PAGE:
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Beginning this fall, every building in the Philadelphia School District will have at least one single-stall, gender-neutral restroom, according to a spokesperson for the district.
The school district initially started installing gender-neutral restrooms in some buildings five years ago, when it passed a policy affirming transgender students’ rights, including their right to access a gender-neutral facility if they need to use one instead of the restroom matching their assigned sex at birth, reports Philadelphia ABC affiliate WPVI.
“School leaders are working to identify restrooms that will be identified as gender-neutral, offering students the opportunity to feel comfortable utilizing restrooms on school grounds,” the spokesperson for the Philadelphia School District said.
In 2019, the U.S. Supreme Court refused to hear a lawsuit challenging a lower court’s ruling upholding a suburban Philadelphia district’s restroom policy, which allows transgender students to use restrooms and other facilities that match their gender identity. That policy also allows any student — whether transgender or cisgender — to make use of available single-stall restrooms.
In 2017, a similar lawsuit over access to restrooms was settled after a judge ruled that a suburban Pittsburgh school had discriminated against transgender students by barring them from gender-affirming facilities that they had previously been eligible to use.
By refusing to take up the appeal of the decision Philadelphia area case, the Supreme Court has effectively allowed schools across the commonwealth to craft their own transgender-friendly policies.
Celena Morrison, the director of the Office of LGBT Affairs for Philadelphia, praised the district’s plans to install gender-neutral facilities in all schools. She added that LGBTQ students aren’t the only ones who will benefit from the policy.
“Beyond safety, gender-neutral bathrooms are also helpful for people with disabilities who have other gender caregivers,” she said.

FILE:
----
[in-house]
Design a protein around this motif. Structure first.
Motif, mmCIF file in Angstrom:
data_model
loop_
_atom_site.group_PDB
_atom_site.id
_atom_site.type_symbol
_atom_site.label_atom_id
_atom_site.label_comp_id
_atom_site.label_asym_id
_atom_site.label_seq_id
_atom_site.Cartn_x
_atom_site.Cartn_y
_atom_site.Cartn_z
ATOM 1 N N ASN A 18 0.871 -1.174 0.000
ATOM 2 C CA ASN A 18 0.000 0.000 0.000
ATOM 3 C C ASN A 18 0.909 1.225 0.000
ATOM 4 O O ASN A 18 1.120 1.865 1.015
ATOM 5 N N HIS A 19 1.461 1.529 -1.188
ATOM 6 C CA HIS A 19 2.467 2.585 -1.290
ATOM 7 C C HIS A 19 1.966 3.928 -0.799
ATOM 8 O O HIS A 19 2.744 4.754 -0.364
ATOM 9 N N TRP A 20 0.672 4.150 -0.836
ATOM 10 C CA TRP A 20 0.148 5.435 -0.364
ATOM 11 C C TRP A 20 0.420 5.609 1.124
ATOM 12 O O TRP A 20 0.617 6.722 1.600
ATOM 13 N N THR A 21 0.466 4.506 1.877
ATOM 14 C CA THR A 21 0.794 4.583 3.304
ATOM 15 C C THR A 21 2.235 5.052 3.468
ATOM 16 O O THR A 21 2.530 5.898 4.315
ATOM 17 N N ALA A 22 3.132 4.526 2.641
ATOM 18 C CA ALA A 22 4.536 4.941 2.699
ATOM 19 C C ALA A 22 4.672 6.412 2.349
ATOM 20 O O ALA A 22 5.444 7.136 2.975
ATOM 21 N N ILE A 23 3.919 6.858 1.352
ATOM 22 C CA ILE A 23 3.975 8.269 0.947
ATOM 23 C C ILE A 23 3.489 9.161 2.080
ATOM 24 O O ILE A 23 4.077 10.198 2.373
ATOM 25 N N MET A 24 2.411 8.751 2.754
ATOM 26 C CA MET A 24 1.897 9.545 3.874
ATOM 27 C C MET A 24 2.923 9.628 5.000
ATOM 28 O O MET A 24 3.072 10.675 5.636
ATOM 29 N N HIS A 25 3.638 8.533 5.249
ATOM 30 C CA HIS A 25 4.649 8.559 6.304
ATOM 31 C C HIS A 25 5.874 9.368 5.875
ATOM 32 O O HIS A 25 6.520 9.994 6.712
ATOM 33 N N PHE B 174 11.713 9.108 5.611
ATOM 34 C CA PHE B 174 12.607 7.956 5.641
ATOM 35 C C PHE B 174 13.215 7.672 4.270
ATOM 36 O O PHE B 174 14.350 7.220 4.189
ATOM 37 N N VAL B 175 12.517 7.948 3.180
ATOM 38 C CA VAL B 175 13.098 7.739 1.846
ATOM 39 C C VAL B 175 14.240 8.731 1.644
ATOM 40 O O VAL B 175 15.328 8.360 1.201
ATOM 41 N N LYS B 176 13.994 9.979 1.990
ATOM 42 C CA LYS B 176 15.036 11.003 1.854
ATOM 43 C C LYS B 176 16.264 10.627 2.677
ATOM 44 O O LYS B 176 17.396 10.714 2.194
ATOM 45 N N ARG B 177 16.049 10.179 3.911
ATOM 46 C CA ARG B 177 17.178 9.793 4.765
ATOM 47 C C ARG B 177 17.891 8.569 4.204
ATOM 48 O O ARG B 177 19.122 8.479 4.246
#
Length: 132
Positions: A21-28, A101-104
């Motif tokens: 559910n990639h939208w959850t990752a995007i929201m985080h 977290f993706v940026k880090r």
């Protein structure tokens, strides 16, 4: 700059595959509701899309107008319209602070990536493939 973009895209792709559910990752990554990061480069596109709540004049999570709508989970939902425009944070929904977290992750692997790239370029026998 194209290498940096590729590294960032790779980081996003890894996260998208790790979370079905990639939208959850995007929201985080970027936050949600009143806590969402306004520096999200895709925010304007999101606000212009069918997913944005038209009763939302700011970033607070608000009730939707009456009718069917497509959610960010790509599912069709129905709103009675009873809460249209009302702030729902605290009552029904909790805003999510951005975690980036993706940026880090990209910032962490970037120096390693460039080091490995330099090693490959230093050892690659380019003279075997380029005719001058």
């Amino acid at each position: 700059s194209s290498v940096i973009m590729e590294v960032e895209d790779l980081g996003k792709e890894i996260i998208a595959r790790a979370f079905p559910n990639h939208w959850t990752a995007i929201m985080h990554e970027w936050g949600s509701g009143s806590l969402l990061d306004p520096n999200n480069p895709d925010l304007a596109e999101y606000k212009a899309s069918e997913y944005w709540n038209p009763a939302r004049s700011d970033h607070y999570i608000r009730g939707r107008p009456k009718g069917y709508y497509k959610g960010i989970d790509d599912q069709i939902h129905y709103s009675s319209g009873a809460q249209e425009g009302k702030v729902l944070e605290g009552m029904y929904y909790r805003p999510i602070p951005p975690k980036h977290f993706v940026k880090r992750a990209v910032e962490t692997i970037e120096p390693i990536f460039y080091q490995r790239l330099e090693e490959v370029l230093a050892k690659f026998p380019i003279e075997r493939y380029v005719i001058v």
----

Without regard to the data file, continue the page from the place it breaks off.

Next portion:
The major issue will likely be the location of such facilities and whether they are easily accessible. For example, in Virginia, transgender student Gavin Grimm was barred from the boys’ restroom at Gloucester High School and offered the opportunity to use a single-stall restroom. But the single-stall restroom in the nurse’s office was not easily accessible from various parts of the school, meaning Grimm either had to refrain from going to the bathroom, reduce his water intake, or risk being late to classes.
The school district then made several single-stall facilities out of renovated broom closets and offered them up for use to Grimm. But a federal judge, and later, the 4th U.S. Circuit Court of Appeals, found that the school district had erred when it made Grimm the only student required to use single-stall restrooms. (The Supreme Court also declined to take up an appeal of that case.)
In comparison, Philadelphia’s policy makes gender-neutral, single-stall restrooms available to any children who ask for them, regardless of gender identity, meaning the policy likely does not violate transgender students’ rights.
Maddie Luebbert, a nonbinary English teacher for the Philadelphia School District, noted that having to use a public restroom can be “anxiety-inducing” for trans and nonbinary individuals, but having a gender-neutral option might alleviate that anxiety.
“A lot of schools wait until they have a kid come out to decide these things,” noted Luebbert, “but then again, the responsibility falls on that kid to do the advocacy and ask for what they need.”
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